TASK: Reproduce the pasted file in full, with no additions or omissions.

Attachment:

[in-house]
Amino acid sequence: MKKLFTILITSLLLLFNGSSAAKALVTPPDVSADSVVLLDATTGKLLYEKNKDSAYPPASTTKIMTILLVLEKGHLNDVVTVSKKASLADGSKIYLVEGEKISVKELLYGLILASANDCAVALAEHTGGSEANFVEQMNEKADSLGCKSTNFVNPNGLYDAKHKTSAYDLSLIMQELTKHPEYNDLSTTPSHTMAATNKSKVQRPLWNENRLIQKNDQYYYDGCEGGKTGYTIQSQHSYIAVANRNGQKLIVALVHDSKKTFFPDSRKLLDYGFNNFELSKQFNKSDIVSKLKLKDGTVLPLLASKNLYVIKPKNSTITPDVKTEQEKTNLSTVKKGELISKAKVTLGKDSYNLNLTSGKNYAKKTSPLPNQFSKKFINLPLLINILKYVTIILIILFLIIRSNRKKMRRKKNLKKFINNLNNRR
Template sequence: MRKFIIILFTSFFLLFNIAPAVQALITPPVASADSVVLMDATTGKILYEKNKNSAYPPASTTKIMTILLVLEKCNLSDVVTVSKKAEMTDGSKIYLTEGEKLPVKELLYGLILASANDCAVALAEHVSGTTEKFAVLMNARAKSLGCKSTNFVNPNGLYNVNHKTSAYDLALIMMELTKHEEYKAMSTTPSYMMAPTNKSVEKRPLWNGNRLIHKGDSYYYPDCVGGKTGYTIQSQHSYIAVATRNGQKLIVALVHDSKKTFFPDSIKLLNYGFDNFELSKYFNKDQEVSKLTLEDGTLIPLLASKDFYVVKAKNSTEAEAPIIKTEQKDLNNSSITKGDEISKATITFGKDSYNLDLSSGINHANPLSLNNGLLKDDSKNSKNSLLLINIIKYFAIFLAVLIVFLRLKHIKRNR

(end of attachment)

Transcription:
[in-house]
Amino acid sequence: MKKLFTILITSLLLLFNGSSAAKALVTPPDVSADSVVLLDATTGKLLYEKNKDSAYPPASTTKIMTILLVLEKGHLNDVVTVSKKASLADGSKIYLVEGEKISVKELLYGLILASANDCAVALAEHTGGSEANFVEQMNEKADSLGCKSTNFVNPNGLYDAKHKTSAYDLSLIMQELTKHPEYNDLSTTPSHTMAATNKSKVQRPLWNENRLIQKNDQYYYDGCEGGKTGYTIQSQHSYIAVANRNGQKLIVALVHDSKKTFFPDSRKLLDYGFNNFELSKQFNKSDIVSKLKLKDGTVLPLLASKNLYVIKPKNSTITPDVKTEQEKTNLSTVKKGELISKAKVTLGKDSYNLNLTSGKNYAKKTSPLPNQFSKKFINLPLLINILKYVTIILIILFLIIRSNRKKMRRKKNLKKFINNLNNRR
Template sequence: MRKFIIILFTSFFLLFNIAPAVQALITPPVASADSVVLMDATTGKILYEKNKNSAYPPASTTKIMTILLVLEKCNLSDVVTVSKKAEMTDGSKIYLTEGEKLPVKELLYGLILASANDCAVALAEHVSGTTEKFAVLMNARAKSLGCKSTNFVNPNGLYNVNHKTSAYDLALIMMELTKHEEYKAMSTTPSYMMAPTNKSVEKRPLWNGNRLIHKGDSYYYPDCVGGKTGYTIQSQHSYIAVATRNGQKLIVALVHDSKKTFFPDSIKLLNYGFDNFELSKYFNKDQEVSKLTLEDGTLIPLLASKDFYVVKAKNSTEAEAPIIKTEQKDLNNSSITKGDEISKATITFGKDSYNLDLSSGINHANPLSLNNGLLKDDSKNSKNSLLLINIIKYFAIFLAVLIVFLRLKHIKRNR